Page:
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Upgrading to IEEE 802.3bt PoE

 

IEEE 802.3bt Overview

The IEEE 802.3bt standard (PoE-bt) increases the amount of power that can be delivered to powered devices over PoE ports. PoE-bt can supply a maximum of 90 W of power by utilizing all four pairs of wire in a standard RJ-45 Ethernet cable.

What’s New in IEEE 802.3bt

The IEEE 802.3bt standard includes enhancements to existing PoE functionality such as power management, negotiation and classification. For more information on these features, see Understanding PoE on EX Series Switches.

Four Pair Standard

Previous IEEE PoE standards have used two pairs out of four pairs of twisted wire in an Ethernet cable to deliver power. The pairs used depend on the mode of PoE operation: mode A or mode B. In mode A, PoE delivers power on the same pairs used to deliver data (pair 1-2 and pair 3-6). Mode B separates the power delivery from data delivery by using the spare pairs for power (pair 4-5 and pair 7-8).

PoE-bt is the first IEEE standard to deliver power over all four pairs of wire. Pre-standard implementations that provided power over four pairs, such as PoE-4P, are replaced by this standard.

Power Class Levels

PoE standards define classes of powered devices based on the levels of power that they require. The IEEE 802.3bt standard introduces two new types of PoE powered devices, type 3 and type 4, which add an additional four power class levels (5 through 8). Type 3, which includes classes 5-6, can support up to 60 W of power, and type 4, which includes classes 7-8, can support up to 90 W.

Powered Device Signatures

Before the power sourcing equipment (PSE) can deliver power to a connected powered device (PD), it performs a series of checks on the PD. The first check is known as signature detection. The PSE uses a low voltage to measure the resistance of the PD. If the correct level of resistance is detected, the switch knows that the PD is capable of receiving power. In PoE-bt, signature detection is performed on each set of pairs: the data pair and the spare pair. The connected PD must present a valid signature for each pairset to show that it can accept 4-pair power.

The PSE then performs a connection check to determine if the PD is a single-signature or a dual-signature PD. Single-signature PDs have one signature that applies to both sets of pairs: the data pair and the spare pair. Dual-signature PDs support two signatures, one for each pairset. Dual-signature PDs can support two power channels on a single interface, and each channel can support a different power class.

LLDP Power Negotiation

IEEE 802.3bt supports enhanced power negotiation using Link Layer Discovery Protocol (LLDP). LLDP power negotiation enables the PSE to refine the power allocation to the PD. For example, a PD using LLDP can request a lower amount of power than it was allocated based on its class designation.

PoE-bt extends the set of fields in the LLDP protocol to allow the PSE and PD to exchange information about the maximum amount of power that the PSE has available. This is not an allocation, but can be used to inform the power request from the PD.

Auto-classification

The IEEE 802.3bt standard introduces automatic class functionality. The auto-class feature allows the PSE to determine the actual maximum power drawn by the PD. The PSE measures the power consumption of the PD over a defined time period. Based on that measurement, the PSE sets the maximum power output for the PD.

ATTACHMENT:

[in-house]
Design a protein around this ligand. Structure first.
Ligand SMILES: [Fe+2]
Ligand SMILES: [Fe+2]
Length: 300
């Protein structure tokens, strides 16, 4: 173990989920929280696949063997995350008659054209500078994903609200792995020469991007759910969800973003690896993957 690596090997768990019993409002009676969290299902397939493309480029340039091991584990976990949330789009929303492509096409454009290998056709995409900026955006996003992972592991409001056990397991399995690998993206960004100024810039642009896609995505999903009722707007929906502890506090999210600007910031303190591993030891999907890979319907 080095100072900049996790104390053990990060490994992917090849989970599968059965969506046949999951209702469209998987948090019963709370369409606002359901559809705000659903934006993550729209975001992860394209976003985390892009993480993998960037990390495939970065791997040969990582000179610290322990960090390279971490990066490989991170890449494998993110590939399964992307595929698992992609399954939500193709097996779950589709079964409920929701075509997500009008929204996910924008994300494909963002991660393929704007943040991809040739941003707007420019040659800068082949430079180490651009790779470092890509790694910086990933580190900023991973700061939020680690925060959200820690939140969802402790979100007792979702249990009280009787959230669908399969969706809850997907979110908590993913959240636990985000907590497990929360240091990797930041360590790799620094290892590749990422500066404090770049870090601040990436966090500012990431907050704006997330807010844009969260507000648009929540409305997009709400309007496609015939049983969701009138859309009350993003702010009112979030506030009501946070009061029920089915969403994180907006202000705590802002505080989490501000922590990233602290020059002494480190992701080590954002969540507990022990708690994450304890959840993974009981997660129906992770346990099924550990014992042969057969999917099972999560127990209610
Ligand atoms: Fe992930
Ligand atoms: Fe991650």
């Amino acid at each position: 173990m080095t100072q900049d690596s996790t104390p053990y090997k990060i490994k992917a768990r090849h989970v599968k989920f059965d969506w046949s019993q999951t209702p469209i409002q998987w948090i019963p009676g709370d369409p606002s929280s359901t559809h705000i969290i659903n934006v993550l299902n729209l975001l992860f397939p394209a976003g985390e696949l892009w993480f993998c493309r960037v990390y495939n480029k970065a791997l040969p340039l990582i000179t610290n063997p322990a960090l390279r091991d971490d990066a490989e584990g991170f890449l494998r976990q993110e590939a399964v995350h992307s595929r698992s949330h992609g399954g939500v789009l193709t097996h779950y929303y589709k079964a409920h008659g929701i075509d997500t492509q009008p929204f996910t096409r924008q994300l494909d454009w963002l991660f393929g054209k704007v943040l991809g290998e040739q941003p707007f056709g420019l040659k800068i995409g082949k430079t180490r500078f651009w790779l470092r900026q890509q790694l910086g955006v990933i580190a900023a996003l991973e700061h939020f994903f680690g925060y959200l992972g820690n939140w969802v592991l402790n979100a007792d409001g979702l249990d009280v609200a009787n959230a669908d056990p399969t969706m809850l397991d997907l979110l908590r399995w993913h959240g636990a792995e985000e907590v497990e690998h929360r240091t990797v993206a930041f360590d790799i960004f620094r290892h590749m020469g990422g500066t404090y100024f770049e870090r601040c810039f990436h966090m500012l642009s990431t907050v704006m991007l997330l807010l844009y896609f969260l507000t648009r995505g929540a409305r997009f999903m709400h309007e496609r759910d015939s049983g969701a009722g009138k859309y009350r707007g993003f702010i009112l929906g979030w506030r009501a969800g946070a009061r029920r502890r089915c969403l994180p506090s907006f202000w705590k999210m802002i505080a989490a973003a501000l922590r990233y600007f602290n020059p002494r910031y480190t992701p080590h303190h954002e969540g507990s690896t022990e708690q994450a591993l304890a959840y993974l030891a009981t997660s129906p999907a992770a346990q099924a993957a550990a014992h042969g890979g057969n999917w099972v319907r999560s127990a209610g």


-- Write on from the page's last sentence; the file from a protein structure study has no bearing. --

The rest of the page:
PoE-bt Feature Support

PoE-bt supports the same features as previous versions of PoE, with the exception of the following, which are not supported:

  • Static power management mode

  • Maximum power configuration

  • Guard band

The configuration commands for unsupported features are available in PoE-bt. This is to support configuration of these features in a mixed Virtual Chassis that includes both PoE-at and PoE-bt members.

Table 1 explains the PoE-bt behavior when the commands are configured. For a complete list of PoE configuration commands and default settings, see Enabling PoE on EX Series Switches (CLI Procedure).

Table 1: Behavior for unsupported commands in PoE-bt

Command

PoE-BT Behavior

management static

If static mode is configured, the firmware will be set to class mode.

maximum-power

If maximum power is configured, the configuration is ignored.

guard-band

Value is fixed to 1 W. If another value is configured, the configuration is ignored.

Upgrading to PoE-BT

Upgrading to a Junos OS release that supports PoE-bt does not enable PoE-bt. You must explicitly enable PoE-bt by upgrading the PoE controller software.

To upgrade the PoE controller software to PoE-bt, use the following command:

user@switch> request system firmware upgrade poe fpc-slot slot-number poe-bt-firmware

Verifying the Upgrade

To verify that the upgrade was successful, check the PoE firmware version. The PoE firmware should be upgraded to 3.0 or higher for PoE-bt.

To check the firmware version, use the following command:

user@switch> show chassis firmware detail

Example output before the upgrade:

user@switch> show chassis firmware detail

Example output after the upgrade:

user@switch> show chassis firmware detail

When you have verified the firmware version, you must reboot the switch to enable PoE-bt. After the reboot, verify that PoE-bt mode is in effect using the following command:

user@switch> show poe controller

Rollback to PoE-AT

If you load a version of Junos OS that does not support PoE-bt, an alarm will be raised:

user@switch> show chassis alarms

In this case, you must rollback the PoE firmware to PoE-at.

To rollback to PoE-at, use the following command:

user@switch> request system firmware upgrade poe fpc-slot slot-number poe-at-firmware

Verify the rollback using the same procedure described in Verifying the Upgrade.